Cargolux partners with Emirates — what about China?

Emirates SkyCargo will now have access to Cargolux’s 747Fs

Today, at the Air Cargo Europe event in Munich, Europe’s largest all-cargo carrier, Cargolux, and Dubai-based Emirates SkyCargo announced an MoU for an expansive “strategic operational partnership”. The deal between the all-cargo and combination carriers includes reciprocal block space and interline agreements, joint handling at each other’s major hubs (Dubai and Luxembourg), and, for Emirates, access to Cargolux 747Fs for heavy/outsized cargo requiring nose loading or cargo otherwise unsuitable for Emirates’ own 777F fleet.

The deal immediately explains how Emirates plans to deal with outsized cargo after it ends 747-400ERFs ops of its own this year. In March, Emirates announced it would end an agreement under which it has ACMI-leased two 747-400ERFs for nearly ten years (at first from TNT Airways, and later from ASL Airlines Belgium following FedEx’s acquisition of TNT and ASL’s subsequent acquisition of TNT Airways). Although Cargolux is not ACMI-leasing any 747Fs to Emirates, the freighters will be available on an ad-hoc basis as required by SkyCargo.

Another notable outcome of the MoU, will be the reinforcement of Luxembourg’s Findel Airport (LUX) and Dubai World Central (DWC) as key hubs, from the expanded presence of SkyCargo and Cargolux at each other’s home airport. Beginning in June, SkyCargo will launch freighter service to LUX. Similarly, Cargolux will add additional frequencies to its three-times weekly service to DWC. The two carriers will also begin joint cargo handling operations by Luxair Cargo at LUX and Emirates SkyCargo at DWC, facilitating seamless transfers for all-types of cargo, including pharmaceuticals for which both carriers are GDP-certified.

As part of the deal, both carriers will expand their networks by implementing block space and interline agreements on non-overlapping routes, without having to open new gateways. Emirates’ widebody passenger flights serve nearly 150 destinations in 83 countries, while Cargolux offers Emirates access to its 747Fs on scheduled frequencies throughout Europe, Asia, Africa and North America.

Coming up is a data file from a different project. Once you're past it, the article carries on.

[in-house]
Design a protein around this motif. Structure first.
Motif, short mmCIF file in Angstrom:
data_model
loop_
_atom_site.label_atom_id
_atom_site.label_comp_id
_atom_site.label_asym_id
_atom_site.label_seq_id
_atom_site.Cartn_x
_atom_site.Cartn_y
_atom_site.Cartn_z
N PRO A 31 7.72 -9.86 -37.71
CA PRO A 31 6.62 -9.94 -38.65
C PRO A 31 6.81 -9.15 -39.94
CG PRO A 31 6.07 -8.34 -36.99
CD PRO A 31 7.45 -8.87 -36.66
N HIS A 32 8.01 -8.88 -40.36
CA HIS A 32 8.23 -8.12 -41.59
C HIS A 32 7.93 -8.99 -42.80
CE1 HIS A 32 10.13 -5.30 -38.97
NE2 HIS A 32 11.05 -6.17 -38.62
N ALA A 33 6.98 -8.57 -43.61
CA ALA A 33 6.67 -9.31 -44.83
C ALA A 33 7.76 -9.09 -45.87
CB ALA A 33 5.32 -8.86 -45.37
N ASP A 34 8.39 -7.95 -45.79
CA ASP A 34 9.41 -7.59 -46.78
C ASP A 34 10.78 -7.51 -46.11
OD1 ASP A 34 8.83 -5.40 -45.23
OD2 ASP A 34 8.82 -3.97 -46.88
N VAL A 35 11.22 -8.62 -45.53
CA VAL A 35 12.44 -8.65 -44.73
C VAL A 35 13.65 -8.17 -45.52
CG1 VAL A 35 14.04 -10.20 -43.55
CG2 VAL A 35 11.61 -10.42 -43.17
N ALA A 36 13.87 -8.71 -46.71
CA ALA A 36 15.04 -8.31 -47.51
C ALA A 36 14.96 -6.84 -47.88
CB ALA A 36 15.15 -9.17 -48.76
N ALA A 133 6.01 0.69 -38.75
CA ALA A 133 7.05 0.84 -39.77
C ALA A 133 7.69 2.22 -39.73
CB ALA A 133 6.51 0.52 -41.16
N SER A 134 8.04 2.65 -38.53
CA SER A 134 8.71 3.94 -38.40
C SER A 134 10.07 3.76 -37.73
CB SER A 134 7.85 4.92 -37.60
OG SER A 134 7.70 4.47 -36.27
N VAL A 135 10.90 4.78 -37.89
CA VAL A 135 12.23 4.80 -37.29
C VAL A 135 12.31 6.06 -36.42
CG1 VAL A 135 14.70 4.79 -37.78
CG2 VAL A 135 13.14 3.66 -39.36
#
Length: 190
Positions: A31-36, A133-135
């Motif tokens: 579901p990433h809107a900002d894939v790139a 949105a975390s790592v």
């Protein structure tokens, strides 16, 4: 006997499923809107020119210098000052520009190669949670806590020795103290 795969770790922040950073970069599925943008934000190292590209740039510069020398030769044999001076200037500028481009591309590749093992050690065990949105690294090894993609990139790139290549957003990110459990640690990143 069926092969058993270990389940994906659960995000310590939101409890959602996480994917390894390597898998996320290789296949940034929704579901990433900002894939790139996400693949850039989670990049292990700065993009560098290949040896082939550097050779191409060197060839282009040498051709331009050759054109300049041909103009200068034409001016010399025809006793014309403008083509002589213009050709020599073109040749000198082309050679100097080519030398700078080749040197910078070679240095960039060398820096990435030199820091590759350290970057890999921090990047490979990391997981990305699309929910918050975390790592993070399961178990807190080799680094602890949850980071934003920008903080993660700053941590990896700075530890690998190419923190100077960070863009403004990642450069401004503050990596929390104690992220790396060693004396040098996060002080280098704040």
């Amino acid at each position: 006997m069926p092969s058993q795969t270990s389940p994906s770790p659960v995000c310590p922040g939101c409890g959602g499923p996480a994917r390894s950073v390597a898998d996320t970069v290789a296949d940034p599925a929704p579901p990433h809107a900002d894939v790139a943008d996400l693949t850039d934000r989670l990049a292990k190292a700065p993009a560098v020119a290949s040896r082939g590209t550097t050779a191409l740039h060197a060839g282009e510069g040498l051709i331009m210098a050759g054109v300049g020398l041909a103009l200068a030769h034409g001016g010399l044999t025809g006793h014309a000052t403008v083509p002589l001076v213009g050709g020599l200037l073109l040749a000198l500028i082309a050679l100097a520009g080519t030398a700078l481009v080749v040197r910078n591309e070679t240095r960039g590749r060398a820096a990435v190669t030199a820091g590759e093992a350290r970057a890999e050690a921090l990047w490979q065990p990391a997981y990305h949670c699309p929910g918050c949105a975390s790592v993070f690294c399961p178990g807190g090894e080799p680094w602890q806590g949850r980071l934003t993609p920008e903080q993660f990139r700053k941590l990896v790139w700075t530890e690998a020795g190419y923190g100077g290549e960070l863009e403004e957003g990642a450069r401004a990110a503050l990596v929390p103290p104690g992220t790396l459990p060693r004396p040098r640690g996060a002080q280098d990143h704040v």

For Cargolux, this is not the first time it has eyed greater connections to the Middle East. Back in 2011, Doha-based Qatar Airways acquired a 35% stake in the Luxembourg-based carrier. Two years later, with cooperation between the two carriers not proceeding smoothly, Qatar solid its stake back to the Luxembourg government. Shortly thereafter, the government resold the stake to China-based Henan Civil Aviation and Investment Co. (HNCA).

With HNCA involved, Cargolux shifted much of its focus into establishing a second hub at Xinzheng Airport (CGO) in Zhengzhou, China, and laying the groundwork for an all-cargo airline joint venture with HNCA to expand trans-Pacific freighter operations. The jv airline has now been delayed for more than a year, and its status is now questionable. Qatar Airway meanwhile, has expanded its presence at LUX, independent of Cargolux, while continuing to benefit from the fifth-freedom rights between Qatar and Luxembourg negotiated as part of the original stake agreement.

Looking ahead, the alliance between Cargolux and SkyCargo should reinforce each carrier’s ability to counter emerging goliath Qatar Airways’ expanding freighter presence in Europe and the Middle East. But as for how China and HNCA will factor into Cargolux’s long-term strategy, that for now remains to be seen. During the signing ceremony, both airlines stressed there would be no financial stake involved, so there is no reason to expect the transfer of HNCA’s stake to Emirates. As for Cargolux China, perhaps block space on Emirates’ passenger widebodies will reduce the need for a full-fledged jv airline. Or, perhaps Cargolux is moving towards a triple-hub strategy between LUX, DWC and CGO. Cargo Facts will continue to follow this development.

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